Mark L. Sarlson

Mark L. Sarlson

When he’s not reviewing documents and meeting with clients, Mark Sarlson runs trails, cares for his land, enjoys listening to music and spends time with his sons.

He also enjoys spending time with his daughter, when she’s in town.

He began his career as a litigator and moved into handling business loans, representing both lenders and businesses in those transactions. Sarlson estimates he has closed about 1,800 small-business loans in his career and numerous middle market loans.

Born in Akron, he moved to University Heights when he was 6 years old. He attended The Temple-Tifereth Israel and graduated from Hawken School, the University of Virginia in Charlottesville with a bachelor’s degree in history, and The Ohio State University’s Moritz College of Law in Columbus with a law degree.

At Roetzel & Andress in Cleveland, he splits his practice between mid-market lending and U.S. Small Business Administration loans.

CJN: What do you find interesting in your work?

Sarlson: Negotiating loan documents is constantly interesting because you generally get comments that perhaps you haven’t received before, so there’s always a new argument about why some provision should or should not be kept in the document.

CJN: How has COVID-19 changed what you do?

Sarlson: I have one client, they’re probably the largest non-bank SBA lender in this area. And what they did within a short period of time, probably within 45 days, we made, documented, closed and funded approximately 300 PPP loans. So that was obviously a direct result of COVID, and in terms of our process, that was very challenging. They did not actually close their office during COVID.

CJN: How did technology play a role?

Sarlson: With those we were able to electronically sign documents because we simply couldn’t have processed 300 loans in a very short period of time if you had to meet with every single borrower.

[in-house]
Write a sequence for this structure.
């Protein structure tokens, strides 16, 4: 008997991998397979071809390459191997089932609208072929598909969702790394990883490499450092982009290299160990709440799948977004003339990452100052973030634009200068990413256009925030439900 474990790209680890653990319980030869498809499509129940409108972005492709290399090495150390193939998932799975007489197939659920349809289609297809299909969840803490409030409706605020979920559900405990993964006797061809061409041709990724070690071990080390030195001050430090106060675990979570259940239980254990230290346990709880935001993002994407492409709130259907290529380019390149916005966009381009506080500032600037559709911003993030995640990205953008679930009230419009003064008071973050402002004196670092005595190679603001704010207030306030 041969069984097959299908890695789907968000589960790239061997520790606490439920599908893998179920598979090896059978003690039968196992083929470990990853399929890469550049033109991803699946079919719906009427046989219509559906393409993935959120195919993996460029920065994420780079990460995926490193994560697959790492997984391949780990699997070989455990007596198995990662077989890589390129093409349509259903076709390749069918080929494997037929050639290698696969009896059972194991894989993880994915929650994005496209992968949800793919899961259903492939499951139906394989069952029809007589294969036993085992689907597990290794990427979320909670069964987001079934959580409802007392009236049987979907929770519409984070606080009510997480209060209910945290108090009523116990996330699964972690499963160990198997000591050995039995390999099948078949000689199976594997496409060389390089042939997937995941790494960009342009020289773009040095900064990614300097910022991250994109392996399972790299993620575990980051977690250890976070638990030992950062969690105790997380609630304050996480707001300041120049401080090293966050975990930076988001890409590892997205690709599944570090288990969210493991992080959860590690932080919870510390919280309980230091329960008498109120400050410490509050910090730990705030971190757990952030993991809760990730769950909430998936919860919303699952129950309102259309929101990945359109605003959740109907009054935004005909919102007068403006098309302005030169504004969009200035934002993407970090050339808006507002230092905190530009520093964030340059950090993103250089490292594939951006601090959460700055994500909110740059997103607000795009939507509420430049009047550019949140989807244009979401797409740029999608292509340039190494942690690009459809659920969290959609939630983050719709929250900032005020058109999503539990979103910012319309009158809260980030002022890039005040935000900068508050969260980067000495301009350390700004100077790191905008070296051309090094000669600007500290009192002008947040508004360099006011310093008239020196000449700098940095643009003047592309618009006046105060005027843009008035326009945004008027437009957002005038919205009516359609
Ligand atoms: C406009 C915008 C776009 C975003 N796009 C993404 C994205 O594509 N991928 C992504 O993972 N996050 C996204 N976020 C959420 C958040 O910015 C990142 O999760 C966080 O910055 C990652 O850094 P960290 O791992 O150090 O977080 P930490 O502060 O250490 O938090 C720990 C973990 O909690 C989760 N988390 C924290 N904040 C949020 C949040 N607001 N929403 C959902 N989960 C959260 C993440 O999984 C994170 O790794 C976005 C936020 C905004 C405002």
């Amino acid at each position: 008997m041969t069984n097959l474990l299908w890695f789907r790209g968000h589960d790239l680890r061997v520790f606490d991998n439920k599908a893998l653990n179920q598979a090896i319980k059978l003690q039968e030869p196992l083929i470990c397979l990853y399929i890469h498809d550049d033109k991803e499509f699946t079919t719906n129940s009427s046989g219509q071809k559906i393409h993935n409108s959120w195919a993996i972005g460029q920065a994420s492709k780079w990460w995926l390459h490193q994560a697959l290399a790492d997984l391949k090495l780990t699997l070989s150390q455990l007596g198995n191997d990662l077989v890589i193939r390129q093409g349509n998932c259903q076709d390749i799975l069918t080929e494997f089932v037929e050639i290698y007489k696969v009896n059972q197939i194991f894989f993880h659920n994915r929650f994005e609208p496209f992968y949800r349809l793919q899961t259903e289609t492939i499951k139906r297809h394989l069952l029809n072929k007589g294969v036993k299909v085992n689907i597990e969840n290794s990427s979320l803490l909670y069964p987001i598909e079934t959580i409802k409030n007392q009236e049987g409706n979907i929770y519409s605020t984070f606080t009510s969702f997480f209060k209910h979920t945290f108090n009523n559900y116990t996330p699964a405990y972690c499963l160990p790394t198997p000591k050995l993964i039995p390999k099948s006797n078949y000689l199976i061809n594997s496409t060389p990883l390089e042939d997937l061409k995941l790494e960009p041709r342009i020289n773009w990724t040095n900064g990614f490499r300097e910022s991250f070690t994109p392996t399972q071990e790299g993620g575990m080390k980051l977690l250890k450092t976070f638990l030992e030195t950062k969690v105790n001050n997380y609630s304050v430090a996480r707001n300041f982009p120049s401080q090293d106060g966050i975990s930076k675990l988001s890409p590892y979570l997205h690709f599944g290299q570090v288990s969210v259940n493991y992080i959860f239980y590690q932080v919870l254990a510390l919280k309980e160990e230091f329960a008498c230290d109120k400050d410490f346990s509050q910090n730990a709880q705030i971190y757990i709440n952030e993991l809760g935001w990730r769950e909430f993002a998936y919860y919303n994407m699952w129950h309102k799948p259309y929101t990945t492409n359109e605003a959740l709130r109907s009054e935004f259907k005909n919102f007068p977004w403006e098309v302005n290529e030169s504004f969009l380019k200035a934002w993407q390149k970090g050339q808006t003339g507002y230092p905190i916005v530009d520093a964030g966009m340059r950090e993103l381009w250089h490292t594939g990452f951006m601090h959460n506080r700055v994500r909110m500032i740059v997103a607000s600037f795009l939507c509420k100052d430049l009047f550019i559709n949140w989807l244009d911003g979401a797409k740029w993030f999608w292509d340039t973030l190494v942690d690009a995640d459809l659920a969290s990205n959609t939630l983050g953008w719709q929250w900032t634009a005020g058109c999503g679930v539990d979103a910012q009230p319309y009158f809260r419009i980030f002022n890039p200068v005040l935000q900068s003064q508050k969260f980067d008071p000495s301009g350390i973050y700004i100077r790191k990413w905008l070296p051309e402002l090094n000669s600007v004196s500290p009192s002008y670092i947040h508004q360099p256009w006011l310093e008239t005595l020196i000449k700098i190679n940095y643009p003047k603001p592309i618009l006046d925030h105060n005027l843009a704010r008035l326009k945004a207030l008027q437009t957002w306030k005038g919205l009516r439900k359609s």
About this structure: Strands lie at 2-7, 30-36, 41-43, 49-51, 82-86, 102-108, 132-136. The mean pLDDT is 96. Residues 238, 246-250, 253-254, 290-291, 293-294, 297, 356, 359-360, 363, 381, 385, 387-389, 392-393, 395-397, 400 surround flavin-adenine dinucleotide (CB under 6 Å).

CJN: What stayed the same?

Sarlson: We still had a significant demand for SBA loans generally. People are still in the position to purchase buildings. We didn’t want to put all of that on hold and have people’s projects on hold. So even in March I continued to meet with people, sometimes to be safe we literally signed documents on the hood of my car.

CJN: What’s satisfying about helping small business owners secure loans?

Sarlson: There’s something that’s satisfying to see what small businesses are able to accomplish with their loans. You know, it may be a business that only employs 10 people, but for those 10 people it’s their livelihood. And for the owner, it’s often a business they’re passing along to their children.

CJN: What’s your pet peeve?

Sarlson: A general pet peeve – and I suppose it’s even sadly more true today than perhaps it had been – an unwillingness to listen to a position contrary to yours. At a minimum, people should listen. They may not have to agree with it, but they should listen and try to reach some type of understanding.

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